If a deceased person's estate is challenged in New South
Wales, the court can have access to assets that do not ordinarily
form part of a deceased estate to make an award to the person
challenging the estate.
This is known as the 'notional estate' principle, which
operates to include (among other things) any property belonging to
the deceased that changed ownership in the three years before their
death. It was specifically developed in New South Wales to prevent
people hindering estate challenges by transferring property to
other people or entities before they die.
The New South Wales Supreme Court decision of Davidson v
Sampson provides an example of an estate that fell subject to
The case concerned the estate of Ms Boorne. Shortly before she
died, Ms Boorne purchased a $2 million property with her second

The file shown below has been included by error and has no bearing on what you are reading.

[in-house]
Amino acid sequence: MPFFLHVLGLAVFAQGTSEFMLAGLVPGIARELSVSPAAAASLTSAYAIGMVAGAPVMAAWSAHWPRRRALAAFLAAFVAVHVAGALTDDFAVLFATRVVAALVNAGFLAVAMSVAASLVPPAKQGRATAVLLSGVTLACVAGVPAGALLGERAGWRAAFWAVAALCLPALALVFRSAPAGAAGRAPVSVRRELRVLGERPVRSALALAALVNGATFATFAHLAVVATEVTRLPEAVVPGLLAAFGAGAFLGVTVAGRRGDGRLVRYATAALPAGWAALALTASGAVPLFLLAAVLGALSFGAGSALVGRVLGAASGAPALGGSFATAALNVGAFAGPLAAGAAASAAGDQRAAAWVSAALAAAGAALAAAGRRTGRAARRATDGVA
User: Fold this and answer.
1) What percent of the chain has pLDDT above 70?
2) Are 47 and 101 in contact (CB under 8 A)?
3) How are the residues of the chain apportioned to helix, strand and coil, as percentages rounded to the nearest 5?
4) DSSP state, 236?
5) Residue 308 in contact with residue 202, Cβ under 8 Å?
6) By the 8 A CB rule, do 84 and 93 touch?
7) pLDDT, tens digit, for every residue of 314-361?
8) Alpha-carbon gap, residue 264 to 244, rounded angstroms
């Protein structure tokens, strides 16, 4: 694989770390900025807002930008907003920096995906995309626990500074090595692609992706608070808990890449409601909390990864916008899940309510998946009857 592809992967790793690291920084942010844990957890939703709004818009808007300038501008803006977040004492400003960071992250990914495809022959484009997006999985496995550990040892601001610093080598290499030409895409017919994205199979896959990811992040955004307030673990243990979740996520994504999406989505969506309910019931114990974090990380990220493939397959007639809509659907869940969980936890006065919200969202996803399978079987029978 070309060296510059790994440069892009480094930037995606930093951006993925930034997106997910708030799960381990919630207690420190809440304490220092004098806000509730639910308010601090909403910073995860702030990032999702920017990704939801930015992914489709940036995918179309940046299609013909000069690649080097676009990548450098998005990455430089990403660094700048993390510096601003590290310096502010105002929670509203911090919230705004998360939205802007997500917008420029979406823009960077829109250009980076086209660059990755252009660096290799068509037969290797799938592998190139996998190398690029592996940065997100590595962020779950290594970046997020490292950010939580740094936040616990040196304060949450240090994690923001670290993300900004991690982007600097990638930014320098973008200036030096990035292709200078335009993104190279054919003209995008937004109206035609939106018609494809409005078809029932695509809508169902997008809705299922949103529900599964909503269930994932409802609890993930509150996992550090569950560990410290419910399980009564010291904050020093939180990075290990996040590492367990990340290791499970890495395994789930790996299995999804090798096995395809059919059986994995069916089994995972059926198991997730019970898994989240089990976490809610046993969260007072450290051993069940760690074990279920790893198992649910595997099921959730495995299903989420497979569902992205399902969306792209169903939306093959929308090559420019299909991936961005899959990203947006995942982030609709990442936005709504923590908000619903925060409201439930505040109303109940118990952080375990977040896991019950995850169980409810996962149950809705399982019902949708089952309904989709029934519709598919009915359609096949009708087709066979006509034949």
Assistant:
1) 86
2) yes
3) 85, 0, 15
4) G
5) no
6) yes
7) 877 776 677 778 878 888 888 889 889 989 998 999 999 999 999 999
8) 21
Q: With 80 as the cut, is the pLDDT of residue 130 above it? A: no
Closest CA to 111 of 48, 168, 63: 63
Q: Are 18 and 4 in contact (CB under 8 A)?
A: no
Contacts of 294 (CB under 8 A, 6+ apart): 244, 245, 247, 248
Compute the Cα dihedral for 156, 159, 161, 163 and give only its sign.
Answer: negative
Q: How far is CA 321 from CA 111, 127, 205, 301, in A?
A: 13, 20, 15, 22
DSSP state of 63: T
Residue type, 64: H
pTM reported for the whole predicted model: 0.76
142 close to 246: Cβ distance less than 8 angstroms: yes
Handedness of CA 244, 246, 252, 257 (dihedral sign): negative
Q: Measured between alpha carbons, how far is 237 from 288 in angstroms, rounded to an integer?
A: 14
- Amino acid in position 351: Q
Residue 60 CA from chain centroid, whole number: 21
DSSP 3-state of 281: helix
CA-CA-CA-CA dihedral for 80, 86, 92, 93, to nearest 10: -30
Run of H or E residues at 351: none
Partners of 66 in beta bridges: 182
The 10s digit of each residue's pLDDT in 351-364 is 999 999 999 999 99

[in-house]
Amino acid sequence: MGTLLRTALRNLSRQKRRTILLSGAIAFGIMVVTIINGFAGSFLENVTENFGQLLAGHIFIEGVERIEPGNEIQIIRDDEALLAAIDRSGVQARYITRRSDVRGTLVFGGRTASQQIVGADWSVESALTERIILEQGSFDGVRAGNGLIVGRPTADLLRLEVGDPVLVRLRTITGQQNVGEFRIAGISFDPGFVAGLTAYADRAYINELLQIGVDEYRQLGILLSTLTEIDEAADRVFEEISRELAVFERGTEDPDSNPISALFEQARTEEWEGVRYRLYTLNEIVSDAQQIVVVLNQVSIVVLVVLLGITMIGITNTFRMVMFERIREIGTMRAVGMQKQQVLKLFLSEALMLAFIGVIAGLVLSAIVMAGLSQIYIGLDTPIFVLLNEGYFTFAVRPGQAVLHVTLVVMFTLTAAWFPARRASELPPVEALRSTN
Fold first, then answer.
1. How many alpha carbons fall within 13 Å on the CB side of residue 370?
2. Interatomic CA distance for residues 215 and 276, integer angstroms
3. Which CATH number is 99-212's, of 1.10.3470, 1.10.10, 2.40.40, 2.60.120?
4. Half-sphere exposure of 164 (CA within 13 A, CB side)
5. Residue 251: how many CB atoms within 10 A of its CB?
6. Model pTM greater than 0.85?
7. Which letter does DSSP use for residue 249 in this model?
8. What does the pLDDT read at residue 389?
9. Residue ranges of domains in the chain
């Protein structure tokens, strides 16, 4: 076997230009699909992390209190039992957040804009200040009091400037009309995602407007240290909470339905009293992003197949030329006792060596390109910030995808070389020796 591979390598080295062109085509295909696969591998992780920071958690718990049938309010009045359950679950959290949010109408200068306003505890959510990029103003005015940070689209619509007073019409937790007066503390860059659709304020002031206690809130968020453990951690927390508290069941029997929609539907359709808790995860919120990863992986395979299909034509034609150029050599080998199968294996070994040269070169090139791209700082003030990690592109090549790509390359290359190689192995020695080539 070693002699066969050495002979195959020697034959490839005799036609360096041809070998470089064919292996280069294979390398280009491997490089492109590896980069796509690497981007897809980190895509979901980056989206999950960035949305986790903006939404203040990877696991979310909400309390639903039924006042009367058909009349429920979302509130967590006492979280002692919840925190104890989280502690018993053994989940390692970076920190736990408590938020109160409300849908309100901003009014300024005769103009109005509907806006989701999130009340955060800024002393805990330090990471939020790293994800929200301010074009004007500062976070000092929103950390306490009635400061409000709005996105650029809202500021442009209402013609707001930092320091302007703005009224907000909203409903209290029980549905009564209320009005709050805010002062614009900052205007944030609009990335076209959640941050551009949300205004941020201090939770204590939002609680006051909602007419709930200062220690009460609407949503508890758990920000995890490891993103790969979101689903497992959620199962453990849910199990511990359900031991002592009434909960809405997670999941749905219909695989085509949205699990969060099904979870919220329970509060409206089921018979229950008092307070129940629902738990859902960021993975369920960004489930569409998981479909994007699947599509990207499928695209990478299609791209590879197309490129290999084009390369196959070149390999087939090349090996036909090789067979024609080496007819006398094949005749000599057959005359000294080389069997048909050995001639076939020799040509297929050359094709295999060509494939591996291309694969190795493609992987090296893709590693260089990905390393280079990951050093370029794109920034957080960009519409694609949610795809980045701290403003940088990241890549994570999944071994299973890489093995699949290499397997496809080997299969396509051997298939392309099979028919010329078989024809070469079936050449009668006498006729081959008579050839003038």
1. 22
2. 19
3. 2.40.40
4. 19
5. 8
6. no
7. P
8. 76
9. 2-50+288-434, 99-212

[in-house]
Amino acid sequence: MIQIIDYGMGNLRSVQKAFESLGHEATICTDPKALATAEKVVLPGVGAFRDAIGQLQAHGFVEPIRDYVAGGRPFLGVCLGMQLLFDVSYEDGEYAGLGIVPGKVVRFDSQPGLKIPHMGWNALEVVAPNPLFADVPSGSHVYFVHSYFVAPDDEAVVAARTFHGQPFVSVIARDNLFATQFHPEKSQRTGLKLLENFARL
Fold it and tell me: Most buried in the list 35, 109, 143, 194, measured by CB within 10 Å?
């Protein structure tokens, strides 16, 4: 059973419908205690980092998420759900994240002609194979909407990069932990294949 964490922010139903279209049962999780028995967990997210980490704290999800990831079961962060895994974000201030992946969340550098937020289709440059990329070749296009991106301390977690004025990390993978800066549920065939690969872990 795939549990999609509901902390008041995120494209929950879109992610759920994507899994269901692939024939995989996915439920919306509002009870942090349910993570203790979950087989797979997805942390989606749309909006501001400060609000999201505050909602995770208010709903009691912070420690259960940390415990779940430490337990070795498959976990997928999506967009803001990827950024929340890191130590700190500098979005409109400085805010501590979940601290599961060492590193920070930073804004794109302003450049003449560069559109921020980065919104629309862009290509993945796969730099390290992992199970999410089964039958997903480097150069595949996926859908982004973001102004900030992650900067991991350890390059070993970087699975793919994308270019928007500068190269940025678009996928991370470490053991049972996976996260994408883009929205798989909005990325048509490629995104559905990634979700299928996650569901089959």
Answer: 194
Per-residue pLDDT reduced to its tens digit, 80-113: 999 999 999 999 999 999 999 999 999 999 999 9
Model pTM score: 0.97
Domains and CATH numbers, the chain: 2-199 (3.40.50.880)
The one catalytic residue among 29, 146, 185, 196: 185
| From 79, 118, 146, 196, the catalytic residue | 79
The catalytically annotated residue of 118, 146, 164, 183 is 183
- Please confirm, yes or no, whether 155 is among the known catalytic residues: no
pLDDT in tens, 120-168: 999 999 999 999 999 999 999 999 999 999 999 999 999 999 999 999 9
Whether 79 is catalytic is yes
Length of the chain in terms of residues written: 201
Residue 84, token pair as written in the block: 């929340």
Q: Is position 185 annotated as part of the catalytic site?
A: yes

husband. She contributed 75% of the purchase price for the property
and her second husband contributed the other 25%. However, they
registered the property solely in the name of the second husband,
because Ms Boorne was concerned that her former husband and their
son might make a claim against her estate, and she wanted to ensure
that her second husband was able to keep the property after she
After Ms Boorne died, her son did make a claim against her
estate. The court held that 75% of the value of the property formed
part of Ms Boorne's 'notional estate' and was available
to make provision for her son. The court made orders that the
property be sold and 60% of the sales proceeds be paid to Ms
In this instance, Ms Boorne's attempt to protect the
property for her second husband unfortunately failed because of the
'notional estate' principles.
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guide to the subject matter. Specialist advice should be sought
about your specific circumstances.
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